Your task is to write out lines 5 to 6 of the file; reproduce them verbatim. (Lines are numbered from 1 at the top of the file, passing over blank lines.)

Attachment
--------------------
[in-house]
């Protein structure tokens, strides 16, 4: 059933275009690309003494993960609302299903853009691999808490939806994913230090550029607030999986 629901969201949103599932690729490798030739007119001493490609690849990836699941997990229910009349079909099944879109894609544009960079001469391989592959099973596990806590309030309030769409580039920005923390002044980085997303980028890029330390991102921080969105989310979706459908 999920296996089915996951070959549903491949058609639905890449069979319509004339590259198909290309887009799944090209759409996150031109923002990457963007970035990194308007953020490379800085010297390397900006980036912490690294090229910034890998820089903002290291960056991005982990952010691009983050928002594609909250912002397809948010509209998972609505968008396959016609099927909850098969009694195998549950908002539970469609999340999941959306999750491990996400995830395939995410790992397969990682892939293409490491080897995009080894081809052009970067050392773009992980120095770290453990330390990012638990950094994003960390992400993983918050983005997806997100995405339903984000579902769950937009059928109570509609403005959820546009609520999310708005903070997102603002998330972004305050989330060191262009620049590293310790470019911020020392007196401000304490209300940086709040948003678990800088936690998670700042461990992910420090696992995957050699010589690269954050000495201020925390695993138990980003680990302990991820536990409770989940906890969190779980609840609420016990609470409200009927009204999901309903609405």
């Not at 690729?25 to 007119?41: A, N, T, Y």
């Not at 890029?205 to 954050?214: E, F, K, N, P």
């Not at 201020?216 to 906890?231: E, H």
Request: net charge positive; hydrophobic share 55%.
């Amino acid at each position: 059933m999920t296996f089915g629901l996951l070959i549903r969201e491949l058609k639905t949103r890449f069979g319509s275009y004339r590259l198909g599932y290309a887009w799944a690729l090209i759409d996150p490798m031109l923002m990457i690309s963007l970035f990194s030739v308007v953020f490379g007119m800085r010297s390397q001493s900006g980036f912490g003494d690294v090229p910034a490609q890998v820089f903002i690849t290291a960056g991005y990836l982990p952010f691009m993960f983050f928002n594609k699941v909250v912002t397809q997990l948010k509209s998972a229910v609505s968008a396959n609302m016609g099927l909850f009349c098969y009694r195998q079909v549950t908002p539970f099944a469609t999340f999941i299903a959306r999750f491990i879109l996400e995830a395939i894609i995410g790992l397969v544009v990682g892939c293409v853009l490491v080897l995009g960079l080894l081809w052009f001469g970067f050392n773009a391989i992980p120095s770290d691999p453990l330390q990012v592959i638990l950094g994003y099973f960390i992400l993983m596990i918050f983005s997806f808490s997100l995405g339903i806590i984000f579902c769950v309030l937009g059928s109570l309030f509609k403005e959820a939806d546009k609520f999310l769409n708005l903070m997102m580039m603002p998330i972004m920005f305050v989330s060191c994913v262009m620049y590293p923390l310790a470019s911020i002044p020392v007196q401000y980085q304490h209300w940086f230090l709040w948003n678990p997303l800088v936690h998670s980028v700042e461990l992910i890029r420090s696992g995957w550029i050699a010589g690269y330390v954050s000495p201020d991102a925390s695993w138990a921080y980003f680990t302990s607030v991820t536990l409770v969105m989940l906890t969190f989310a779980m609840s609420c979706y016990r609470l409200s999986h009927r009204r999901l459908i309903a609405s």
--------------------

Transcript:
């Not at 201020?216 to 906890?231: E, H």
Request: net charge positive; hydrophobic share 55%.